Addition is the basic operation of the basic operations in arithmetic. If we add two numbers, we basically count the values of both numbers together and present the result as a new number.

In Figure 1 two numbers are added: 6 + 4 = 10, verbally: "six plus four equals ten" or "six added to four is ten" or "six and four makes ten"...

Adding any two natural numbers under ten is a basic skill anyone should be able to perform fluently, almost without thinking.

In Figure 2 addition under ten is ordered in an accessible table.

In fact, students start by learning all the additions that result in 10 or less than 10. Then, for larger sums, they learn to first "make 10" and add what is left. "Making 10" is first adding the complement to 10. For example, 1 is called the complement to 10 of 9 and 7 is called the complement to 10 of 3:

9 + 8 = (9 + 1) + 7 = 10 + 7 = 17

3 + 8 = (3 + 7) + 1 = 10 + 1 = 11

The elements that are added together are called the terms of the addition, and the result is called the sum.

Addition is commutative, meaning that changing the order of the terms does not change the sum:

3 + 4 = 4 + 3

2 + 3 + 4 = 4 + 2 + 3

What effect does this property have on the table in Figure 2?

Adding zero to a number (or a number to zero) has no effect: 3 + 0 = 3.

## Adding terms > 10

If we master addition under ten and understand the principles of the decimal numeral system, we can try some more difficult additions:

In 50 + 30 both digits 5 and 3 are in the tens position of its number, thus the digits can be added: 5 + 3 = 8 and in the tens position this makes 80.

50 + 30 = (5+3) × 10 = 8 × 10 = 80

60 + 40 = (6+4) × 10 = 10 × 10 = 100.

700 + 500 = (7+5) × 100 = 12 × 100 = 1200.

So, we constantly need to regroup ones by ones, ten by tens, hundreds by hundreds, etc:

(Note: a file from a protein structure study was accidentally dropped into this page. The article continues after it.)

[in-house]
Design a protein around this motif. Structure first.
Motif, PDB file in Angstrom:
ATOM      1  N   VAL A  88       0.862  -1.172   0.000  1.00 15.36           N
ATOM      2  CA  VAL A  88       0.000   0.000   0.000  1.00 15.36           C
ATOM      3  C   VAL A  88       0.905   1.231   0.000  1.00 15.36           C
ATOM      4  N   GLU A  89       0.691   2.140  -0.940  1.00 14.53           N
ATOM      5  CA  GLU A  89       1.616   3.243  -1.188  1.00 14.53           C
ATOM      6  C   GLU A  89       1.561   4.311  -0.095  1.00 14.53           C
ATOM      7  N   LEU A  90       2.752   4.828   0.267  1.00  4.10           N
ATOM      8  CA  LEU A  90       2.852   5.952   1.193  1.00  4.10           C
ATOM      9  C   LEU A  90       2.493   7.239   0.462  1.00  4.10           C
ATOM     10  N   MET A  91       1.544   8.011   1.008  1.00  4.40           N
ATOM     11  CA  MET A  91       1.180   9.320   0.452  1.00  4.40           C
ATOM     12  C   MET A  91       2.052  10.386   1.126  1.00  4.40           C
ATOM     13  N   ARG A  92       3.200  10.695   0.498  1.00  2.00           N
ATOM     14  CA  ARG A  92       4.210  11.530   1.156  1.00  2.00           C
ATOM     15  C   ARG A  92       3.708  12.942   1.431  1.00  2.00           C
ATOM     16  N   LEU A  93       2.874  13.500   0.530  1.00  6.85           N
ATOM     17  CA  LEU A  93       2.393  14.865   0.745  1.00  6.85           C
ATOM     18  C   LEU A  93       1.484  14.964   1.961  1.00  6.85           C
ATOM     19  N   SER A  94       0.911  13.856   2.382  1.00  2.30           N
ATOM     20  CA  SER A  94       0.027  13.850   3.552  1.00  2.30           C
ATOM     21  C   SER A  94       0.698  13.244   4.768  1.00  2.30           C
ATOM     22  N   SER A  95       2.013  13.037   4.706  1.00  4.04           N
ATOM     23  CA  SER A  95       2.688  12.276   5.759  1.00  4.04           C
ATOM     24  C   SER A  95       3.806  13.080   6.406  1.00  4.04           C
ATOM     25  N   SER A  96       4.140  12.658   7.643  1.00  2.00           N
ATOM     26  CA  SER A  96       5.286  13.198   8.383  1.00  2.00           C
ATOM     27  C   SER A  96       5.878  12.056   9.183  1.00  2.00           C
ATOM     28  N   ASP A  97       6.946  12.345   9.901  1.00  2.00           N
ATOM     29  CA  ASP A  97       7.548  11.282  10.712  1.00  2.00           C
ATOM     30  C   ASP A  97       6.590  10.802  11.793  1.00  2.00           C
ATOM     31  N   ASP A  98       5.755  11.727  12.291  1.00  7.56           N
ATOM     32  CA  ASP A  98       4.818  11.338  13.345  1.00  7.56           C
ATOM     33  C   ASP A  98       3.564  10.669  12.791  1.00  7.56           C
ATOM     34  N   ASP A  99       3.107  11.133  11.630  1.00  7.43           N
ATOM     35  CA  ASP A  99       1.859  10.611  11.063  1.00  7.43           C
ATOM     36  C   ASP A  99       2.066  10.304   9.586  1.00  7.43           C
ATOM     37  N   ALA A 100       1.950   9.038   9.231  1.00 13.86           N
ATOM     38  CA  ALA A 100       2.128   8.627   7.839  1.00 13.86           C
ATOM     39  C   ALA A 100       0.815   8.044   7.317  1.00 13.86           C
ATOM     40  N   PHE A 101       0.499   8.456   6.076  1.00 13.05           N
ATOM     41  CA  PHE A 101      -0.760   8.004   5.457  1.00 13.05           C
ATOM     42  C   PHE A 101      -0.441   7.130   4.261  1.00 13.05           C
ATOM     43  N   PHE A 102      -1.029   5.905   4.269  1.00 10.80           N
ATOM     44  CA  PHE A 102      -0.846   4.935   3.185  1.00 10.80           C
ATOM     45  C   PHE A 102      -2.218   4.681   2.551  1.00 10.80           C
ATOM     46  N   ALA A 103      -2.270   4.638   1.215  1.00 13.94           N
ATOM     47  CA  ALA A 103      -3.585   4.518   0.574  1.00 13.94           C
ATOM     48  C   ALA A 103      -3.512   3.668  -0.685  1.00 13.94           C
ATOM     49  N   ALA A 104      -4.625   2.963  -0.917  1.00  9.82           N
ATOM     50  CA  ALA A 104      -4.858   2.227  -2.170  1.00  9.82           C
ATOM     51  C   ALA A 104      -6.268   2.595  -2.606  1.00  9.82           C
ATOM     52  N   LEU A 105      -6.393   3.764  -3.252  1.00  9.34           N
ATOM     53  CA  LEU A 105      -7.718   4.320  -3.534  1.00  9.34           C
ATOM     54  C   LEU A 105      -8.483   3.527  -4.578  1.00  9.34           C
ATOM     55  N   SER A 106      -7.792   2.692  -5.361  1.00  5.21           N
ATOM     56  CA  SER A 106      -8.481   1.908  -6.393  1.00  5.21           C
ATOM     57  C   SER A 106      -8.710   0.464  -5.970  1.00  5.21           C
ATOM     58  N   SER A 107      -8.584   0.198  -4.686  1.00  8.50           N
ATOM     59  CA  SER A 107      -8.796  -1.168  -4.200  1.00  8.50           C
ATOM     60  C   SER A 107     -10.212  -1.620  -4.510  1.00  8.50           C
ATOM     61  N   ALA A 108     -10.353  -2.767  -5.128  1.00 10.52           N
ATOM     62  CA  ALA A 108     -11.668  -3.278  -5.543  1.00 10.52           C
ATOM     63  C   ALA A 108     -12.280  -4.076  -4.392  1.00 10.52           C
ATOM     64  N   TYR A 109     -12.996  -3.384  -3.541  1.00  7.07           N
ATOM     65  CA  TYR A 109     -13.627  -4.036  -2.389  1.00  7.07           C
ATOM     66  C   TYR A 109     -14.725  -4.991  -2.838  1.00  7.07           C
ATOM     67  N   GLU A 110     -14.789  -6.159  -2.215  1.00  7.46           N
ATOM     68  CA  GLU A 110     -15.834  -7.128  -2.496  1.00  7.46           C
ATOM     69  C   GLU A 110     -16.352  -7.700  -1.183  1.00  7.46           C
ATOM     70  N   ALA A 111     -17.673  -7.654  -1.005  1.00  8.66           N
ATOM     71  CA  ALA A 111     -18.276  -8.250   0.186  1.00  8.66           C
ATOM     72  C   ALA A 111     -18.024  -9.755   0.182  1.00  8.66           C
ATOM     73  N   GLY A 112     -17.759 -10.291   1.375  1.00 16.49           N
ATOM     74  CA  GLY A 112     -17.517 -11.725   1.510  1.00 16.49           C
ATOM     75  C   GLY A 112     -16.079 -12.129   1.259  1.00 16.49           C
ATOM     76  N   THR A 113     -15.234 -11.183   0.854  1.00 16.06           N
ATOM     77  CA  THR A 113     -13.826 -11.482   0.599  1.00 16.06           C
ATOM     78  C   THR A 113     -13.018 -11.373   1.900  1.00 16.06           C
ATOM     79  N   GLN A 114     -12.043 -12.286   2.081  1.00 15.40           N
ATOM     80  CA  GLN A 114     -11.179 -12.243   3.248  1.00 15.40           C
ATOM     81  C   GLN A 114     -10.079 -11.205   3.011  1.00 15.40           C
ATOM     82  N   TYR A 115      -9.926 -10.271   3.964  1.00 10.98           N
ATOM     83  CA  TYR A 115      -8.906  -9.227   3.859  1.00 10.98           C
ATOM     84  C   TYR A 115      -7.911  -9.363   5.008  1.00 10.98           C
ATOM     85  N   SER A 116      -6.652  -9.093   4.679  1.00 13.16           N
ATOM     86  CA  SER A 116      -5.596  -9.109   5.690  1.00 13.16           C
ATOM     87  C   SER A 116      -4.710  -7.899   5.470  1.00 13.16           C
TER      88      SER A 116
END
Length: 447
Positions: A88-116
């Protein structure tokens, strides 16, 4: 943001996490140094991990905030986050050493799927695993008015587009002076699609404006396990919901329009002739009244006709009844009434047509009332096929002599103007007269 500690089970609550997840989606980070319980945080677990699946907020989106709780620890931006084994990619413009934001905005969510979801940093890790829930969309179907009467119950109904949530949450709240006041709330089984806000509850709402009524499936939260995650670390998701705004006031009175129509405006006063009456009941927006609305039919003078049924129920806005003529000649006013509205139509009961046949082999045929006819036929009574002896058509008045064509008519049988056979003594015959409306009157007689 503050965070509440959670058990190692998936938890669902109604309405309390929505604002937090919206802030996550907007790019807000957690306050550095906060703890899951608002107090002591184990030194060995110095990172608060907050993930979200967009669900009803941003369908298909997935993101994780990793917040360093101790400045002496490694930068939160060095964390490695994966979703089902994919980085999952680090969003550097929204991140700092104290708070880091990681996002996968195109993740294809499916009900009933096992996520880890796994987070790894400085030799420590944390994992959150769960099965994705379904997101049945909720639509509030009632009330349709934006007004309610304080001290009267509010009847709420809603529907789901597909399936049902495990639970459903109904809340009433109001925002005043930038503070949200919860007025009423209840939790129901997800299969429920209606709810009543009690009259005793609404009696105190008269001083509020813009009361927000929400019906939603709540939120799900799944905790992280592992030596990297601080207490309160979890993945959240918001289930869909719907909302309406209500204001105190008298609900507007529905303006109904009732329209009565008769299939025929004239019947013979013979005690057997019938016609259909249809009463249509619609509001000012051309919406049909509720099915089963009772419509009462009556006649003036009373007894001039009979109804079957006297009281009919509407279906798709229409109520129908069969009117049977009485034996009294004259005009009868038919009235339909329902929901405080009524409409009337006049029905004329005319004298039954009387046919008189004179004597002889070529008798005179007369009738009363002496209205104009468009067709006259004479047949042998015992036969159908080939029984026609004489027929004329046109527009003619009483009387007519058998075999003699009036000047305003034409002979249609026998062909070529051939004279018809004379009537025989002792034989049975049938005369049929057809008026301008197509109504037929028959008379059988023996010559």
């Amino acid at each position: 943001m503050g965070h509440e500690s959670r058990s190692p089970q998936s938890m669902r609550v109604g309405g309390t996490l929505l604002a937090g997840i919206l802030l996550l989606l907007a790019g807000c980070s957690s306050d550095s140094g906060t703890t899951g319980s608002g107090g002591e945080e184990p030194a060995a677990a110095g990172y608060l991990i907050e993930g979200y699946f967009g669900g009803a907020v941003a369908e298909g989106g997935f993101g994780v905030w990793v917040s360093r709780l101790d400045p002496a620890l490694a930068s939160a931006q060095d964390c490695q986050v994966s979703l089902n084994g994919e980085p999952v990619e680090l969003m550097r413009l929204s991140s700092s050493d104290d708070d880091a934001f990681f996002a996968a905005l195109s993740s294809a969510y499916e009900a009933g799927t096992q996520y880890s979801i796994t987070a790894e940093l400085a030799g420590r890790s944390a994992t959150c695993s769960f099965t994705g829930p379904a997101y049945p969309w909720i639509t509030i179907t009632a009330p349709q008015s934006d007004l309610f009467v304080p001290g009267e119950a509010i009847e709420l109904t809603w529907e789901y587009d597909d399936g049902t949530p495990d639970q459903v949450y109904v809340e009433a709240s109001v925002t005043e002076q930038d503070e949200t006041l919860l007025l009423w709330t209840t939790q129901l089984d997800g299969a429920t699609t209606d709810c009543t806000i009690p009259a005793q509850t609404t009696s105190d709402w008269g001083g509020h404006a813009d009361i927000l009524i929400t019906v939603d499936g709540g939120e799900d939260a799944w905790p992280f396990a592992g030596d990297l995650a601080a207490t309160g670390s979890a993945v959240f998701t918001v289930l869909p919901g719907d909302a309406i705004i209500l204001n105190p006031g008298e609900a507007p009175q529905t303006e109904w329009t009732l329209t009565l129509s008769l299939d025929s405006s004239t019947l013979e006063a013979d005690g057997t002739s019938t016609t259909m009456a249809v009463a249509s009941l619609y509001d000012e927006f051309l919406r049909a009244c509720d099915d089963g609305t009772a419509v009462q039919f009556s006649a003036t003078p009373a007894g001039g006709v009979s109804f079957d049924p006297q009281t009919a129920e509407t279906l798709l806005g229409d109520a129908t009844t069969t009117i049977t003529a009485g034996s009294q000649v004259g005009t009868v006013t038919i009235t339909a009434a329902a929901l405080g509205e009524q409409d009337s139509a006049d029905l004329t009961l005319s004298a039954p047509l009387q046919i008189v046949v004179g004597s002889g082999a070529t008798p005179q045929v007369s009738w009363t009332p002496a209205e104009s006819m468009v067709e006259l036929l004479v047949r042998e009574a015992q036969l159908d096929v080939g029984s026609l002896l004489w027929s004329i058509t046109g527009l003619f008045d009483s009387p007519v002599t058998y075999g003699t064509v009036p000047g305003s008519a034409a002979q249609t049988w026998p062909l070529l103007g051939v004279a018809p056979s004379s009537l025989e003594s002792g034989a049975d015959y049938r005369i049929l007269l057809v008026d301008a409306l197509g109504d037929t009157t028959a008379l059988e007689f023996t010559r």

55 + 4 = 50 + 5 + 4 = 50 + 9 = 59.

46 + 6 = 40 + 6 + 6 = 40 + 12 = 40 + 10 + 2 = 50 + 2 = 52.

219 + 23 = 200 + 10 + 20 + 9 + 3 = 200 + 30 + 12 = 200 + 40 + 2 = 242.

77 + 45 = 70 + 40 + 7 + 5 = 110 + 12 = 100 + 10 + 12 = 100 + 22 = 122.

So far, you should have been able to calculate the given examples fluently in your head (if not, practice here). More difficult additions can be executed using pen and paper and the standard addition algorithm, also called long addition or column addition.

In the above example the addition algorithm is used to calculate 127 + 95 = 222. The recipe is as follows:
We write the digits of the involved numbers in a table with horizontal rows and vertical columns. From right to left the first column is for the ones positions, the second column for the tens positions, the third column for the hundreds positions etc. Then we write the numbers to be added (127 and 95) under each other with their digits in the corresponding columns. Then we add the digits in each column, starting with the right column. Each time we write the result in the bottom row under the horizontal line:
7 + 5 = 12. We write the 2 in the bottom row in the ones column and the 1 (= 10) needs to be "carried" to the tens column, and in the next step to be added to the other tens digits in this column. Thus: 1 + 2 + 9 = 12 (the first digit "1" is the "carry"). And again we write the 2 in the result row, and carry the 1 (= 100) to the next column. This example ends with the third column: 1 + 1 = 2 (the first "1" is again the "carry"). Thus: 127 + 95 = 222. If we want, we can write the "carries" in the corresponding columns in a top row, as done in the above example.

This compact and widely used algorithm always works for all additions of natural numbers, also if we need to add up more than two numbers. Some more examples:

### Practice application

With the next app you can practice with the standard addition algorithm. Use the algorithm on a piece of paper to add-up the numbers. Click the exercise or click "CHECK" to see if you did it right.

Exercises:

=